Hands Down Absolute Best Favorite Parenting Books

These are the greatest hits from our family's perspective -- from getting some sleep, to building resilient and finance-saavy kiddos, and maintaining healthy relationships, I found something of value in each of these books, and I hope you do too!

The Sleepeasy Solution: The Exhausted Parent's Guide to Getting Your Child to Sleep from Birth to Age 5 by Jennifer Waldburger and Jill Spivack.

I have a video of myself, enormously pregnant and on bedrest with Diddy, this book in hand, saying to my husband, "We are not doing this. Who would let their baby cry themselves to sleep? That's terrible!"

Fast forward a few months and I was giving copies of this book to every new parent in our lives. 

The Blessing of a Skinned Knee: Raising Self-Reliant Children by Wendy Mogel, Ph.D.

 

My father saw this in the Wall Street Journal and sent it to me before our kids were born. Fast-forward 15 years and our kids can handle disappointment and even maybe learn a little bit from screwing up or falling short.

It can be really hard not to jump in and fix everything for your kids, but this book is a big part of the reason why my kids can advocate for themselves when they have to and for allowing us all to maintain healthy emotional boundaries that will keep them from hating me someday. (We live in hope ;))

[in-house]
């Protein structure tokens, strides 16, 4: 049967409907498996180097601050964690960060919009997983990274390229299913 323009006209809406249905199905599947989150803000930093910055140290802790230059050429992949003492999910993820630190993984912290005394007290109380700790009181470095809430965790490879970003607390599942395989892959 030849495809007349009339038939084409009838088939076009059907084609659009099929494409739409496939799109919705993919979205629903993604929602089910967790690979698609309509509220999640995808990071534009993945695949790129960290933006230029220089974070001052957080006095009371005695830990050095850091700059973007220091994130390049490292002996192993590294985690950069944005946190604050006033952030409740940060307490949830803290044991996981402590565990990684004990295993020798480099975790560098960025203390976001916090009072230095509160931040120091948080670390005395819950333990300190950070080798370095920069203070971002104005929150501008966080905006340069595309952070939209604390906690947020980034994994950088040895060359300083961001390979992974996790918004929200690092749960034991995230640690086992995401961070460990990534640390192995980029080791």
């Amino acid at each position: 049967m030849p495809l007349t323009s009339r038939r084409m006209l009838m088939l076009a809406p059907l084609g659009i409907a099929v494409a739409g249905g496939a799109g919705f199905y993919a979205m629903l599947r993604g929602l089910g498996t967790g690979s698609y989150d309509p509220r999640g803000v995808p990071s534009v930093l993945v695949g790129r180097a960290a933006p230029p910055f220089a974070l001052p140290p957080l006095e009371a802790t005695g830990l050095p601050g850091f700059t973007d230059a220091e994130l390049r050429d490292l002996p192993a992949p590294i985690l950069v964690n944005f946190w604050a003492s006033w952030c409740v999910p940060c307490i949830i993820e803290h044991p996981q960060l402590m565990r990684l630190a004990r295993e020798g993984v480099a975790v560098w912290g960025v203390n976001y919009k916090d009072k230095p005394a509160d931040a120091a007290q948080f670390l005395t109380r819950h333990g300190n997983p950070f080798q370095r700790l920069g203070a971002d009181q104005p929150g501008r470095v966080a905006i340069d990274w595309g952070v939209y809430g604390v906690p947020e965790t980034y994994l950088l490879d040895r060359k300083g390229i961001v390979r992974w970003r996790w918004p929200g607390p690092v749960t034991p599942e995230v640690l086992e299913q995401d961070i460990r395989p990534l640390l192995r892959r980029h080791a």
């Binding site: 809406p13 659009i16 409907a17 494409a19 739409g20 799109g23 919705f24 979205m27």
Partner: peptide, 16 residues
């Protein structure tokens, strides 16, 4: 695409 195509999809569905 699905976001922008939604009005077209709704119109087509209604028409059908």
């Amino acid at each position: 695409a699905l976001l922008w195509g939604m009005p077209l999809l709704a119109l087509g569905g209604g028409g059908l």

The Happiest Toddler on the Block by Harvey Karp, MD

This is the follow up to "Happiest Baby on the Block," but I think it's a more useful book because toddler's are impossible and this book is serious about taming their inner beasts using "natural consequences" rather than getting into constant fights with tiny little people whose brains don't work as well as they should yet.

 

For the same reason, I found this book very useful for managing my relationship with Mr. Big Ideas. 

The Secrets of Happy Families by Bruce Feiler

This book is chock-o-block of systems and checklists, and I adore all of it. This book is why we hold family meetings and helped us figure out how to handle allowance. It's also the reason all my kids started doing their own laundry when they turned 8, doing the dishes by 9, and can all keep themselves alive in the kitchen, too. I'm pleased with my little army. My mother, who did everything for us recently remarked, "Your house is every man for himself." She's in her seventies still cleaning up after people, so personally, I think Bruce Feiler wins on this point.